Universal Geek: The Coulton Corallary

Jeff, Bleu, and Sean realize their fate is sealed and if there ever was a Rapture, but the good news is there will always be another episode of Universal-Geek, at least for the five months fire and brimstone rained down upon those of us Left Behind.  Including those poor indigenous tribes of South America who never even got a chance to find out some guy in Africa 2,000 years ago died for their sins.

For once we weren’t all doom and gloom and had a wide ranging discussion from Playboy to robots, but not robots in Playboy.  Yet.  We are saving the roboporn episode for later in the future.

57 Years of Playboy on the Web(Sean)
* Isn’t this the future we expected? Shouldn’t all magazines have this?

Amazon.com Now Selling More Kindle Books Than Print Books (Bleu)

  • “Customers are now choosing Kindle books more often than print books. We had high hopes that this would happen eventually, but we never imagined it would happen this quickly – we’ve been selling print books for 15 years and Kindle books for less than four years,” said Jeff Bezos, Founder and CEO, Amazon.com

Guy asks for a crack/serial for an app, the developer gives it to him for free instead (Jeff)

Researchers create two 100 terabit per second optical connections, dare us to torrent something (Bleu)

  • Japan has successfully tested two separate 100 terabit per second data links that use a single optical fiber to carry their loads. New Scientist reports that NEC scholars stuffed the light from 370 lasers into 165 kilometers of fiber to achieve a speed of 101.7 Tbps, while NICT researchers set a new record of 109 Tbps using a special fiber with seven cores to manage the trick.

Planet Money Equates Hard Work and Talent with Winning the Lottery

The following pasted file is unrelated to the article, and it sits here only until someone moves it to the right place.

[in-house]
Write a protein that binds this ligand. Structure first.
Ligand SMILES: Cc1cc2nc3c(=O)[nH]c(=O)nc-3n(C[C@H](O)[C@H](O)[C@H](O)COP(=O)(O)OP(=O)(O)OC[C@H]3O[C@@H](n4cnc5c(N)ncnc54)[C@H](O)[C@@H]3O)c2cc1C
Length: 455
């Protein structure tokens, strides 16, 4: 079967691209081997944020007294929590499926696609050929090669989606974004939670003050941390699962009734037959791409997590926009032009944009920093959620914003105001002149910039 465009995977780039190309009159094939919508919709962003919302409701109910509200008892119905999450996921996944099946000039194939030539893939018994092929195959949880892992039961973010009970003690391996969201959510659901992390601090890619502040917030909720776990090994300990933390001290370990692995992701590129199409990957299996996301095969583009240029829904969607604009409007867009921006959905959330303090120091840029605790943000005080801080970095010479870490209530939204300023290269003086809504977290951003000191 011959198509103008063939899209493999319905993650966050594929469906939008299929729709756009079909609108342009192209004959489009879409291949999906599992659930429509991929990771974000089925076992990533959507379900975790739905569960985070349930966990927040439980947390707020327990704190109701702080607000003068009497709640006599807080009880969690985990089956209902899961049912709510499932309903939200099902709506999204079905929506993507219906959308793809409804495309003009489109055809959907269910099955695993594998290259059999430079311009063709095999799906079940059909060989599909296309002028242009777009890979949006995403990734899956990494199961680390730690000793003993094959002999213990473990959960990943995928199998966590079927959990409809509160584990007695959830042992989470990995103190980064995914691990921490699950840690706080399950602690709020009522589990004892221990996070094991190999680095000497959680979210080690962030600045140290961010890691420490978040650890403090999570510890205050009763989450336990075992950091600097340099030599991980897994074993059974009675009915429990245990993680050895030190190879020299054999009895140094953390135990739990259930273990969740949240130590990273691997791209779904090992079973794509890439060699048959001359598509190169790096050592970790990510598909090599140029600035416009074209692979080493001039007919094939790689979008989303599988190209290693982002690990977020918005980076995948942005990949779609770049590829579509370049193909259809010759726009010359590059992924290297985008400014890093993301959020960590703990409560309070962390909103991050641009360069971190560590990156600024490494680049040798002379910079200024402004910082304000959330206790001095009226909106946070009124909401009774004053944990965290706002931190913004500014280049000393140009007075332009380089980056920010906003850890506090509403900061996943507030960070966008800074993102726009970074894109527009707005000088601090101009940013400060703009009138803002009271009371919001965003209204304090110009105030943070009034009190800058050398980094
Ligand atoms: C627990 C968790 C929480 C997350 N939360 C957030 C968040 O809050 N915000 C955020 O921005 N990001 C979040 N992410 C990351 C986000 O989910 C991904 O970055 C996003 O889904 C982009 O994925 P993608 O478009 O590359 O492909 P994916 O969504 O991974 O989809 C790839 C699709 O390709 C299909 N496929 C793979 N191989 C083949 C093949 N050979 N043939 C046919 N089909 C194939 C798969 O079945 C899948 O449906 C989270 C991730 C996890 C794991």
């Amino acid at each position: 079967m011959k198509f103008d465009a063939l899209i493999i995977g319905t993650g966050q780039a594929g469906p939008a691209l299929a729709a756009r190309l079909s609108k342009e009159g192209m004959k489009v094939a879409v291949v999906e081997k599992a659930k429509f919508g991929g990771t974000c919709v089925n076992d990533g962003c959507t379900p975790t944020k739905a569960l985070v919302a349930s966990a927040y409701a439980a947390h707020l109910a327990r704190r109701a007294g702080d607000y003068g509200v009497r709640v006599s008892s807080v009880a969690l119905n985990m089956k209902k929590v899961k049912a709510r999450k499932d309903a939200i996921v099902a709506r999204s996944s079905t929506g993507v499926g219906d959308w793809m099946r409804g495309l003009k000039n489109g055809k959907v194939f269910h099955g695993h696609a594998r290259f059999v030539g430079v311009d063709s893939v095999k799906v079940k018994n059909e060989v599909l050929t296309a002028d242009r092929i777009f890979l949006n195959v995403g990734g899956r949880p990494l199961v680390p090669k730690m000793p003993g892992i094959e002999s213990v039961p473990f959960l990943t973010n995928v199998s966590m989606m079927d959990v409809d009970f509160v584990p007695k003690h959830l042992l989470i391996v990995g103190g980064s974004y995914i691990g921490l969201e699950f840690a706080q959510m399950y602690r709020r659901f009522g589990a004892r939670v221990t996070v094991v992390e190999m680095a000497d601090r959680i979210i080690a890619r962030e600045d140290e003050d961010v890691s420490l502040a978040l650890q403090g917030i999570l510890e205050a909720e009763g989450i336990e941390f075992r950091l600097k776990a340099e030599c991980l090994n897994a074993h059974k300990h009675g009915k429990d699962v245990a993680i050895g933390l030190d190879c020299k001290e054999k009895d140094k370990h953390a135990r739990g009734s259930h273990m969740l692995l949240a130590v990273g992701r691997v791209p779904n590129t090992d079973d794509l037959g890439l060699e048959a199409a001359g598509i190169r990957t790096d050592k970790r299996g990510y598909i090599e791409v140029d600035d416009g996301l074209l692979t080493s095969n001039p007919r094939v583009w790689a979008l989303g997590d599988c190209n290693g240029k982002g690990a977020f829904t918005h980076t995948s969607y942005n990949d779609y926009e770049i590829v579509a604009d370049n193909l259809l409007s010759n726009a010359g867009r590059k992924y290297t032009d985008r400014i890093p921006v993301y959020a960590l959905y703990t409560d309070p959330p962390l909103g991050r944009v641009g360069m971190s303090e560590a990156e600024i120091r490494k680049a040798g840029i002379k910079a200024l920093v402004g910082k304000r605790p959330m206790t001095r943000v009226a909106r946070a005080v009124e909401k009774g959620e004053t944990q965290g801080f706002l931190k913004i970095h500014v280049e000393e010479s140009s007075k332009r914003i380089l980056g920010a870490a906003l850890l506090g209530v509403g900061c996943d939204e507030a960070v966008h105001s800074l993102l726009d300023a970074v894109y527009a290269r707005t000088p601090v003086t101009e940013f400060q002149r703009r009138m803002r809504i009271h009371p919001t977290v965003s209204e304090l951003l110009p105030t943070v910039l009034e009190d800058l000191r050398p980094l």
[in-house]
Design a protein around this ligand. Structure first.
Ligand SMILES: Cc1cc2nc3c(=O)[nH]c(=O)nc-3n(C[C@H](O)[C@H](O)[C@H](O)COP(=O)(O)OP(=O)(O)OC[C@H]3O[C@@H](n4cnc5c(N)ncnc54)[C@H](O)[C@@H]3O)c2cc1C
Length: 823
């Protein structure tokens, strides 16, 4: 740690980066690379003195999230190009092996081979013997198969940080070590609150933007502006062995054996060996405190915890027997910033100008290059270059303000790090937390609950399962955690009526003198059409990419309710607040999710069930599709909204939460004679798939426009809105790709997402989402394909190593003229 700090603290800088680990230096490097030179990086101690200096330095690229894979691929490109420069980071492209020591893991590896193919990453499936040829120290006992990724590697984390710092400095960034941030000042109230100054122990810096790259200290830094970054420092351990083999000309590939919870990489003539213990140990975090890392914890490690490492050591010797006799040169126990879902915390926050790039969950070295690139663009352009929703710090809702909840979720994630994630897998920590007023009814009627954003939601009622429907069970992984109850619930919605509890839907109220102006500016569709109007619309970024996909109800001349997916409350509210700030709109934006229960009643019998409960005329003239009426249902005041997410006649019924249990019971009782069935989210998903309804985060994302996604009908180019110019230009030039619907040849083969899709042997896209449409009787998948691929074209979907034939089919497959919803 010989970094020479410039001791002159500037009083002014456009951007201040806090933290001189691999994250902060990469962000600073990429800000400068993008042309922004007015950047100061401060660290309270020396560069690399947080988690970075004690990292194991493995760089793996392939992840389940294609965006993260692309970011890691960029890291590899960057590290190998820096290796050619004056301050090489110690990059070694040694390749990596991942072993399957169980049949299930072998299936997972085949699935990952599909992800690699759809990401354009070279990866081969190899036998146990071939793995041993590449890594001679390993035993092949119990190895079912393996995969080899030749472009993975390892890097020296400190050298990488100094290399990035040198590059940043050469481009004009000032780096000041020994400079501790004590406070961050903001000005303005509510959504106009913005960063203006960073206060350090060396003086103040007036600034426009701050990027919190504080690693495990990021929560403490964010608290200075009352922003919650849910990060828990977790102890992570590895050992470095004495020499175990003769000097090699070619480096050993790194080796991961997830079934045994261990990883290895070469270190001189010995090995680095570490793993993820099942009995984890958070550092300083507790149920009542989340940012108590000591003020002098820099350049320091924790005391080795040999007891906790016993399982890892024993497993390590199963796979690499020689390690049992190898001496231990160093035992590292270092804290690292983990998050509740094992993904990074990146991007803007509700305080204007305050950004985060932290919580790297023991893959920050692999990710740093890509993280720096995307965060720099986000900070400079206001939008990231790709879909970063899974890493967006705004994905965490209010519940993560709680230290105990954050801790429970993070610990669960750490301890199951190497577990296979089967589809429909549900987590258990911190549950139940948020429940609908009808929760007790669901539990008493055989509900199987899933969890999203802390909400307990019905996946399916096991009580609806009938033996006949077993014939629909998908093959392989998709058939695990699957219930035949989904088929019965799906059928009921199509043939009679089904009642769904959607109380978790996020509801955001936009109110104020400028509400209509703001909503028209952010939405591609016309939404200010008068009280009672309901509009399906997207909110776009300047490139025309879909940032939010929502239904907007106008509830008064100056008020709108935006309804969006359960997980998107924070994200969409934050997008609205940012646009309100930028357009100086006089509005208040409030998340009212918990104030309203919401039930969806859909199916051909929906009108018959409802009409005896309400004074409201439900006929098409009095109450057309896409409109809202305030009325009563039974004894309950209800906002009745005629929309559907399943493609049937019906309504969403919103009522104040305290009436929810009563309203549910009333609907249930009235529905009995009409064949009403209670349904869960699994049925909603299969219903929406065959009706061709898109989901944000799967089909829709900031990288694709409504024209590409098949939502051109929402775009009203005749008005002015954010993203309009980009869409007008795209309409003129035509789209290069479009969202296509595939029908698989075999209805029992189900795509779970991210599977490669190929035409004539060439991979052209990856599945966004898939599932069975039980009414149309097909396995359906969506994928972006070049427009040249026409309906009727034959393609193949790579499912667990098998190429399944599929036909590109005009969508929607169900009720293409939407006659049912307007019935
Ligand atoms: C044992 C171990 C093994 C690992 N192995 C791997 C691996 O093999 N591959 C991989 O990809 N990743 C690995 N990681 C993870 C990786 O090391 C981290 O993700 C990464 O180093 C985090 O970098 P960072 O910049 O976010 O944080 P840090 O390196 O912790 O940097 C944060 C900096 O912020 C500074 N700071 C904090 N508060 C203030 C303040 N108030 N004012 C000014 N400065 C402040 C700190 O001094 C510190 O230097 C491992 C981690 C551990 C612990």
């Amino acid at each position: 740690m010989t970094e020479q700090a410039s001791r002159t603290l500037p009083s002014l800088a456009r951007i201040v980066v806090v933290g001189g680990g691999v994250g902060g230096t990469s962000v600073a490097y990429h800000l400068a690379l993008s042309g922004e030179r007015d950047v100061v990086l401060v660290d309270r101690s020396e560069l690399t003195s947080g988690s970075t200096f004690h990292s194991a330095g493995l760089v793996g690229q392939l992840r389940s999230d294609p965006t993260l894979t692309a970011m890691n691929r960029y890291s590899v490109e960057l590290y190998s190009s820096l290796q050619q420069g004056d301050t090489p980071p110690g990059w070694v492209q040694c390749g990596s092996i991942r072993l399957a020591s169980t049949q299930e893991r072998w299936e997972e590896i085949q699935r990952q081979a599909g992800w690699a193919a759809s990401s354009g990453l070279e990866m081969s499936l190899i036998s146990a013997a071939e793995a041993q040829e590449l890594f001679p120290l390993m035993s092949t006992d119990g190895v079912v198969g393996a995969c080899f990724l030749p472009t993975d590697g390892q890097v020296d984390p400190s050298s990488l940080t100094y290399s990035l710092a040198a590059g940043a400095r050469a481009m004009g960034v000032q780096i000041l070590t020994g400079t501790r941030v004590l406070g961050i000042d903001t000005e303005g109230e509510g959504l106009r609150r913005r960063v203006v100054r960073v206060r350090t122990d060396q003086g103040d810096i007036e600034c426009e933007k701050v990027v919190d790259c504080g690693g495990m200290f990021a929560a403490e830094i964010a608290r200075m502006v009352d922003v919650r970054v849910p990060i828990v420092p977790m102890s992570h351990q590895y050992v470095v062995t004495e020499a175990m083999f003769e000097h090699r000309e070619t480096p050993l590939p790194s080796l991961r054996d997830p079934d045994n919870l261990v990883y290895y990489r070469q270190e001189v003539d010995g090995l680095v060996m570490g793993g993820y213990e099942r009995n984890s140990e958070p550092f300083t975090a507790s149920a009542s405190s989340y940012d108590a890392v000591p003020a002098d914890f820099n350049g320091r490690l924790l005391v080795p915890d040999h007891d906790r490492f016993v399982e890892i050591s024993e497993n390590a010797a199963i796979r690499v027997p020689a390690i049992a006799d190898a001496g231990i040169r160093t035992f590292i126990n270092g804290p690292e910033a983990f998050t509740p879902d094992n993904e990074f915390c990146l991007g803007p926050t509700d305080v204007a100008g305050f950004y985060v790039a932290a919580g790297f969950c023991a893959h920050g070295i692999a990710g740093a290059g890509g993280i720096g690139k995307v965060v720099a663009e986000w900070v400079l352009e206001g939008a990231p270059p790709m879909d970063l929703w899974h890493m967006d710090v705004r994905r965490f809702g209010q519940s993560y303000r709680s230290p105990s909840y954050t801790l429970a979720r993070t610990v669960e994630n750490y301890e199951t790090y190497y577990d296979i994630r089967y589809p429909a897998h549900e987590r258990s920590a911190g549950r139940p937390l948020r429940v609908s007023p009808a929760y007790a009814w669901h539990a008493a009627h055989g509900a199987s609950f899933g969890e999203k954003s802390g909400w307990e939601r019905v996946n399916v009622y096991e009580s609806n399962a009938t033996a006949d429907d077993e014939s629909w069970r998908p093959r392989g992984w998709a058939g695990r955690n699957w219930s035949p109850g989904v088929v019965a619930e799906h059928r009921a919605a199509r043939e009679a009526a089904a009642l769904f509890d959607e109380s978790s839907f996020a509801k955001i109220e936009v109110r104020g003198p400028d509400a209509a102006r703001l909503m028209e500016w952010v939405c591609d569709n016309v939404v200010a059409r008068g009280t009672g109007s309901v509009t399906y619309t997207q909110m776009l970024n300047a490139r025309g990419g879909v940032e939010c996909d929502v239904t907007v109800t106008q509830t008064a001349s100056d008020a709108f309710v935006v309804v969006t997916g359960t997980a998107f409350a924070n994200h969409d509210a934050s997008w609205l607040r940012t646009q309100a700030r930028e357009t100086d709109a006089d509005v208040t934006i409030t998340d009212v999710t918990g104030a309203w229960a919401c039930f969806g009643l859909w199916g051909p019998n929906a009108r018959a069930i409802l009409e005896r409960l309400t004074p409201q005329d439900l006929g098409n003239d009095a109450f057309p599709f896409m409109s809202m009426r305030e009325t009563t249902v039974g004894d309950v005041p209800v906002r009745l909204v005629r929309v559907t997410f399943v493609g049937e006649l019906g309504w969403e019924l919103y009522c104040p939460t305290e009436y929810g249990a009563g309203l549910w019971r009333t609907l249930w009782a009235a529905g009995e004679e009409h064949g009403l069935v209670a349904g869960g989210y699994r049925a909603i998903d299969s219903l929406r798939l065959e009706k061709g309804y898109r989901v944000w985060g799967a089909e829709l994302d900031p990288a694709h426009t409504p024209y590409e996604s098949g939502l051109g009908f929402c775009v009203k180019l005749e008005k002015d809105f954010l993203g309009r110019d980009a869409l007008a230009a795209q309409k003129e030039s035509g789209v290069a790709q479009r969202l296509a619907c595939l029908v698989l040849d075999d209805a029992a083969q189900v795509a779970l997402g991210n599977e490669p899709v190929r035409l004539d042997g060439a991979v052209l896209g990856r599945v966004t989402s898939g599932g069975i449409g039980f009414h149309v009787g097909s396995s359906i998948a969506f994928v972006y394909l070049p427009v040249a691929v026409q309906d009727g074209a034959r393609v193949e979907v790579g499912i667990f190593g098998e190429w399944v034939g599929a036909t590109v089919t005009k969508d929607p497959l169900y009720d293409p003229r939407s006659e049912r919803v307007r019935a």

And Jonathan Coulton Responds to the Planet Money Podcast

And Planet Money Responds to the Response from Jonathan Coulton

The Rise Of The Robo-Waiter (Bleu)

  • The trend is official. In the past three years alone, robot food servers have appeared in Japan, South Korea, Hong Kong and mainland China. The latest restaurant to employ robo-waiters, a Japanese-themed sushi-and-barbecue eatery in Bangkok, has even fitted its bots with samurai plating and prop swords
  • Because robo-waiters aren’t yet conversational, diners at robot restaurants tap out their food orders on a table-mounted touch screen or a unit fixed to the robot’s belly… This may ingratiate more people to human-free food ordering, just as humans were trained to bank via machine and scan Froot Loops at the supermarket.

Lingodroid robots develop their own language, quietly begin plotting against mankind (Bleu)

  • Created by Ruth Schulz and her team of researchers at the University of Queensland and Queensland University of Technology, each of these so-called Lingodroids constructed their special language after navigating their way through a labyrinthine space.
  • One bot, for example, would spit out a word it had created for the center of the maze (“jaya”), sending both of them off on a “race” to find that spot. If they ended up meeting at the center of the room, they would agree to call it “jaya.” From there, they could tell each other about the area they’d just come from, thereby spawning new words for direction and distance, as well.